Among the first individuals to penetrate the vast wilderness of the American Far West were rugged trappers and traders. Many, in their dealings with Native Americans, witnessed a broad spectrum of tribal life. Peter Skeene Ogden (1794-1854), explorer, author, and Hudson’s Bay Company employee, was one such observer — astute, immensely literate for his time, and knowledgeable in a number of regional Indian languages. This fascinating volume, attributed to Ogden, provides an illuminating and sometimes startling account of day-to-day life among the original inhabitants of the Oregon Territory.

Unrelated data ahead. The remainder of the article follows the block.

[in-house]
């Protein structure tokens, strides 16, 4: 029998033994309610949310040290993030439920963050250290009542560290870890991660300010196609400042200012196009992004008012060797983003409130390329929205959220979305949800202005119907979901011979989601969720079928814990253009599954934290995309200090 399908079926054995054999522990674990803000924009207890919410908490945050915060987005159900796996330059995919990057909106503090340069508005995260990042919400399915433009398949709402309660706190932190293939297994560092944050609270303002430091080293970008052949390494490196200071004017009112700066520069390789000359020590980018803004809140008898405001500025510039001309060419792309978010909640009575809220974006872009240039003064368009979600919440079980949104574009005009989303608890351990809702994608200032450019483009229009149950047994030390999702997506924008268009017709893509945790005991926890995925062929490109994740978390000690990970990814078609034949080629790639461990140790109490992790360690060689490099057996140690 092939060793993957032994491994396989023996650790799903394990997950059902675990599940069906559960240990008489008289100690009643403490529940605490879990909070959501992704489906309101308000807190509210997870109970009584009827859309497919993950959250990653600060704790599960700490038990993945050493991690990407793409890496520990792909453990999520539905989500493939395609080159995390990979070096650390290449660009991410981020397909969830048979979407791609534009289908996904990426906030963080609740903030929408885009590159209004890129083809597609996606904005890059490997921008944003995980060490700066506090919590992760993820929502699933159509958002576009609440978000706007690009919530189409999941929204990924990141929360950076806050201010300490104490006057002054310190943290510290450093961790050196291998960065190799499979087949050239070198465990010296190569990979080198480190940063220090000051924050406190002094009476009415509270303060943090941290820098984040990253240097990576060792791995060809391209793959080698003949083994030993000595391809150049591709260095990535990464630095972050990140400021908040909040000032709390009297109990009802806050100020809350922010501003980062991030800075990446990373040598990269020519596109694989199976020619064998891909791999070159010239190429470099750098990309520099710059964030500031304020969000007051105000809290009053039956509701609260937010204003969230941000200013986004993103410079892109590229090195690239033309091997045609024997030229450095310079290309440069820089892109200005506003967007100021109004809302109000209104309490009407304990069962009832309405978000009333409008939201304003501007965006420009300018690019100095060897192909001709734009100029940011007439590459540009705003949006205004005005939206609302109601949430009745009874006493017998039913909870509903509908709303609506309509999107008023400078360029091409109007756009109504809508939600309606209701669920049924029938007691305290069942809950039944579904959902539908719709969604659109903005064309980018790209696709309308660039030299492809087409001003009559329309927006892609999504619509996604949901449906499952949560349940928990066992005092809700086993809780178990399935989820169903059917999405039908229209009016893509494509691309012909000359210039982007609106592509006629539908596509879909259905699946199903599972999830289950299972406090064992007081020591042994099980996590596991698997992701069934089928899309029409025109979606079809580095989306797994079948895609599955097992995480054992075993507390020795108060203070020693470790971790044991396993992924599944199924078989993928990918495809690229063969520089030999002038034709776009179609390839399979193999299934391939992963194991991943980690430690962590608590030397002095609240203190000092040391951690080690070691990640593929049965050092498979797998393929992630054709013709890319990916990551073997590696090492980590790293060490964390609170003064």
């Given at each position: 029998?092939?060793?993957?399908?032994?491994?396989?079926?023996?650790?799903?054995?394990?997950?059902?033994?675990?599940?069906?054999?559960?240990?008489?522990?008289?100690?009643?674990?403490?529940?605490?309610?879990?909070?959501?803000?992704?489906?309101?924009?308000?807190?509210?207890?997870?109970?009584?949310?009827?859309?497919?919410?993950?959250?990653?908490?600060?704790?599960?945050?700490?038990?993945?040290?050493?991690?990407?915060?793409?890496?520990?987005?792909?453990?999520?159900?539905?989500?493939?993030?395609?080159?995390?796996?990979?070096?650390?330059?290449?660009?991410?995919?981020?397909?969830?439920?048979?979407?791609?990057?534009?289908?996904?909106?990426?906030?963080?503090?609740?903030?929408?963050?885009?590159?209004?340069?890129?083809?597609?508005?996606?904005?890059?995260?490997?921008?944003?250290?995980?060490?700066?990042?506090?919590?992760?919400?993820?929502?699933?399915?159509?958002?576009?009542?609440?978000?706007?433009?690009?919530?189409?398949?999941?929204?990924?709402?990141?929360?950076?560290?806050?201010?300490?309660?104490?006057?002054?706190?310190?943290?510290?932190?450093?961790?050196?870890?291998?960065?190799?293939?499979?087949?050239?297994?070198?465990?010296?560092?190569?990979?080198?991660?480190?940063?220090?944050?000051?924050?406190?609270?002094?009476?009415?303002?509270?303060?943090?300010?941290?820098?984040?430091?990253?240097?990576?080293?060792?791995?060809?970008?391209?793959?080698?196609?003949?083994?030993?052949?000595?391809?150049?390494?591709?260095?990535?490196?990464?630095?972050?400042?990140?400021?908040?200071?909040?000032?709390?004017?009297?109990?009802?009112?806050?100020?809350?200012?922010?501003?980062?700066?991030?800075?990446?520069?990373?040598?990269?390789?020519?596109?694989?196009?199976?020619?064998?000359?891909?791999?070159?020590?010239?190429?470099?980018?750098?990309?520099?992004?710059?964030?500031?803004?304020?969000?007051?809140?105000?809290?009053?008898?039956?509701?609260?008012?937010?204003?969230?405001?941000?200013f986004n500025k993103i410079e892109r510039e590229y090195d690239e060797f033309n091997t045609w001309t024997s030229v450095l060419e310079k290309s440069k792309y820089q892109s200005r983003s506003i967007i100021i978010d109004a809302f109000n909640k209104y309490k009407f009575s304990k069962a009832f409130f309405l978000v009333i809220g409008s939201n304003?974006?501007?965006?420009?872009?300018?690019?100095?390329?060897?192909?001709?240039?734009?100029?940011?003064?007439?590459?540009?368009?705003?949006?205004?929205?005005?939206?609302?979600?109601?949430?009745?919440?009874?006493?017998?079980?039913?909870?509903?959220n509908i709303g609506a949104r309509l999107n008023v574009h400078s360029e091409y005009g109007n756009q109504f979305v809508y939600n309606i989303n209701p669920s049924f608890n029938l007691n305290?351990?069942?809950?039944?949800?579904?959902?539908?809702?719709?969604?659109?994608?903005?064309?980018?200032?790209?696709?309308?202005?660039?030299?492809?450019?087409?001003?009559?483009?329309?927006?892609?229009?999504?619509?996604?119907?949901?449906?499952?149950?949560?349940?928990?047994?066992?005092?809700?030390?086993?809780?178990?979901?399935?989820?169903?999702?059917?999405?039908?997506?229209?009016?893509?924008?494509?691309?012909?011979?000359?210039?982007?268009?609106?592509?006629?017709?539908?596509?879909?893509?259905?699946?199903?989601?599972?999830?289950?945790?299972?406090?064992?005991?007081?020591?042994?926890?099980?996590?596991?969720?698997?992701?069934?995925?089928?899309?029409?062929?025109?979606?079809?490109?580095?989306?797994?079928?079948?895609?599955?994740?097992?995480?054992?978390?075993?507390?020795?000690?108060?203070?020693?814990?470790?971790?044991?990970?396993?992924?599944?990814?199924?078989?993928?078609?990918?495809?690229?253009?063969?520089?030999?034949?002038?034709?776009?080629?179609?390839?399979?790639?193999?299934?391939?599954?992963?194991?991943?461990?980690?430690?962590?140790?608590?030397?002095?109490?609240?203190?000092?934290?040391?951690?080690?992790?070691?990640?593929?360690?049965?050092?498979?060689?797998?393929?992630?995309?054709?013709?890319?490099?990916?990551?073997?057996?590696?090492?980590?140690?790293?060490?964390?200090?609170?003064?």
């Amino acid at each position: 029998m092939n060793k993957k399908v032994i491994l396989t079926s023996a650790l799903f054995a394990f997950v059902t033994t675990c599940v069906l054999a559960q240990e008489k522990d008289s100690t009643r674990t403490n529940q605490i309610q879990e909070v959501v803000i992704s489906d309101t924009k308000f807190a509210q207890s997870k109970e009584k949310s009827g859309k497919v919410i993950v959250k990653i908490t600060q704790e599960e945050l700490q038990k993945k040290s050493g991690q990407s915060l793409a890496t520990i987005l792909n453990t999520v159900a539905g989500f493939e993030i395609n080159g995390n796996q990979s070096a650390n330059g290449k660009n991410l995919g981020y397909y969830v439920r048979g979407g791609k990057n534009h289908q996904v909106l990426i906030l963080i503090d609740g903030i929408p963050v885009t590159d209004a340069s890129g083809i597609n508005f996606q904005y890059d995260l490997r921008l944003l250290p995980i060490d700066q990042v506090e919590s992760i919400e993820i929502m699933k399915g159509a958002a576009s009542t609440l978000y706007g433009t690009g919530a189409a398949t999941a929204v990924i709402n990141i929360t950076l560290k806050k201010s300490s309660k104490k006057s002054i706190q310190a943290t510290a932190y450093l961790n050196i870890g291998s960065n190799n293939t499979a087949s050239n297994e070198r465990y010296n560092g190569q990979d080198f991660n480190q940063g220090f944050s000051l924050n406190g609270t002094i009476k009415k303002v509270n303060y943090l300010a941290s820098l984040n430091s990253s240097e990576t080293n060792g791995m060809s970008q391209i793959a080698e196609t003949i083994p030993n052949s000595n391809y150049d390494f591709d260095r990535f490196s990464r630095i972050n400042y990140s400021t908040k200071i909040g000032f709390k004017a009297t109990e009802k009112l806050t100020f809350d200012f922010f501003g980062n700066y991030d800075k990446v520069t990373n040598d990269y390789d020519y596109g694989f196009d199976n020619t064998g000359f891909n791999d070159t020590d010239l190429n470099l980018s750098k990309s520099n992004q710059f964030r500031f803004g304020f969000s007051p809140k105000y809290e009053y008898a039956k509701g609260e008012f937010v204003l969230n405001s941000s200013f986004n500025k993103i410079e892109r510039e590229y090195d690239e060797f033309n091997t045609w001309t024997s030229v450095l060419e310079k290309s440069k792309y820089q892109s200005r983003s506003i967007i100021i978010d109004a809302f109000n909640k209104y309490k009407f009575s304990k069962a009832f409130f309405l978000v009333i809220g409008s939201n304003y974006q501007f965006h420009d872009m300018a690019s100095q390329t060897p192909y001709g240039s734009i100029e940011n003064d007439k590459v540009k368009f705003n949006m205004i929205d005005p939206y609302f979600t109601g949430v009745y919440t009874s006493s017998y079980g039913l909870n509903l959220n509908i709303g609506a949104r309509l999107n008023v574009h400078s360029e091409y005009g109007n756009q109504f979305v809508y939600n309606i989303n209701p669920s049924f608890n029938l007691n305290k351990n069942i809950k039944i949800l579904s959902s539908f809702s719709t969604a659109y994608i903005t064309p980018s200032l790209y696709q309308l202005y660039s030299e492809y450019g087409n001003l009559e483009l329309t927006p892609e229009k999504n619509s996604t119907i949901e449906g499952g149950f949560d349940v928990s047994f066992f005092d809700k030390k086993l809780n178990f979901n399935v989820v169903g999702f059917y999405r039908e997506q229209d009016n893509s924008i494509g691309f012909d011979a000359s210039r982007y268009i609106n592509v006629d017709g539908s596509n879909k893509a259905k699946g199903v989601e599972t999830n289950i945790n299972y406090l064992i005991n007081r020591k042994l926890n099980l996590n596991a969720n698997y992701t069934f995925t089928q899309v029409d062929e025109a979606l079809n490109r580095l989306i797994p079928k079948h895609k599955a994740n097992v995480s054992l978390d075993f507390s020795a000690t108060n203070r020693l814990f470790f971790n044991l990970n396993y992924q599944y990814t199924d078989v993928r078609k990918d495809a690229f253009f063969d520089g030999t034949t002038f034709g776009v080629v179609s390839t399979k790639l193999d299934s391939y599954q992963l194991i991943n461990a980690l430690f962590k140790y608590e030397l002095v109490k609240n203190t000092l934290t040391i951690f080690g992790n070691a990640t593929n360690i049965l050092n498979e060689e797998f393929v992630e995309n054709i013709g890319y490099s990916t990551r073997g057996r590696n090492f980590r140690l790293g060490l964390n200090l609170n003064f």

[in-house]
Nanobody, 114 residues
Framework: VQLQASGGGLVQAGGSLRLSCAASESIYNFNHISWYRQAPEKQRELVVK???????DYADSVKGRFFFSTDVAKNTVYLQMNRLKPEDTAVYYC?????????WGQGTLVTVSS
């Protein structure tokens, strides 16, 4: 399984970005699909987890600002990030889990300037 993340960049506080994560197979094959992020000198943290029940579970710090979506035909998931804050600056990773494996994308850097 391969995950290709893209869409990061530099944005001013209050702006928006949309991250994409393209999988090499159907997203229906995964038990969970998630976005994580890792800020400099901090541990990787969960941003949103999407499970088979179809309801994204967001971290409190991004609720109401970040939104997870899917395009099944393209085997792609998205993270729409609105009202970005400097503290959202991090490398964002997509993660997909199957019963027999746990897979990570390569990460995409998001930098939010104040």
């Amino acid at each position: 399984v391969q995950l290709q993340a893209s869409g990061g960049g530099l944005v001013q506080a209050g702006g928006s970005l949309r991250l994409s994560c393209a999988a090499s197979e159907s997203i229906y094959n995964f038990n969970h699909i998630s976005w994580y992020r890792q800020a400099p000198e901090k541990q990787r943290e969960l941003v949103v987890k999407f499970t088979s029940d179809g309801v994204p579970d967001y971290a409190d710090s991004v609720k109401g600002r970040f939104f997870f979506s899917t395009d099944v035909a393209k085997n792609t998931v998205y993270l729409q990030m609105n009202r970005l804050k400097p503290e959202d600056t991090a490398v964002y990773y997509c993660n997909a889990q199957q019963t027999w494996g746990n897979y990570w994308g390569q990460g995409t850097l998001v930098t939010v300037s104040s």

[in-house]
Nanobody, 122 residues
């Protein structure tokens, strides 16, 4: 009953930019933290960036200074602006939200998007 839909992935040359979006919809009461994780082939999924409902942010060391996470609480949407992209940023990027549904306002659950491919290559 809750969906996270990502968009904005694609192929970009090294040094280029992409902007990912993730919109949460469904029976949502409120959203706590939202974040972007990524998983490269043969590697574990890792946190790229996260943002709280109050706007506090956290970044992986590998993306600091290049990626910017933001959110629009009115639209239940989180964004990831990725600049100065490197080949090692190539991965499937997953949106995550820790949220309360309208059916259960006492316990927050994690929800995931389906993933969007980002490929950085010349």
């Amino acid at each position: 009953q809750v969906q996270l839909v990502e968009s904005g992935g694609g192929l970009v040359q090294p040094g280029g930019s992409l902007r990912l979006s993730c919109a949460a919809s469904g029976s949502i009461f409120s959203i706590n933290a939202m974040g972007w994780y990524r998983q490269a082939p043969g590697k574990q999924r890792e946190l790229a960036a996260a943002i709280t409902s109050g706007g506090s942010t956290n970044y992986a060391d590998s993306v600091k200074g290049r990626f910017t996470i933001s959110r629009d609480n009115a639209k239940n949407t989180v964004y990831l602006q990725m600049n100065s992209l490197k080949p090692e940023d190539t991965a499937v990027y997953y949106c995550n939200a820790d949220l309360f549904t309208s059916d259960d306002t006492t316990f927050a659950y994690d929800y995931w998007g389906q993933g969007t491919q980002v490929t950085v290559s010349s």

Identifying himself only as “A Fur Trader,” Ogden presents intimate sketches of tribal life collected over two decades of encounters with Indians of the Northwest. More than just brief glimpses into warlike habits, this book describes in graphic and often touching prose a wealth of customs, traditions, beliefs, rituals, and daily activities of Indian life — even including scenes of domestic tragedy.
Originally published in 1853, this rare document offers authentic insight into the Indian character and intratribal life during a period in which only few hardened adventurers had gained access to the isolated areas of the Far West. A splendid tribute to those who did, Ogden’s painstakingly detailed yet immensely readable firsthand account will be welcomed by anthropologists, students of Native American society and life, and general readers alike.
Reprint of the Grabhorn Press, San Francisco, 1933 edition.
|Author/Editor||Peter Skeene Ogden|
|Dimensions||6 1/4 x 9 1/4|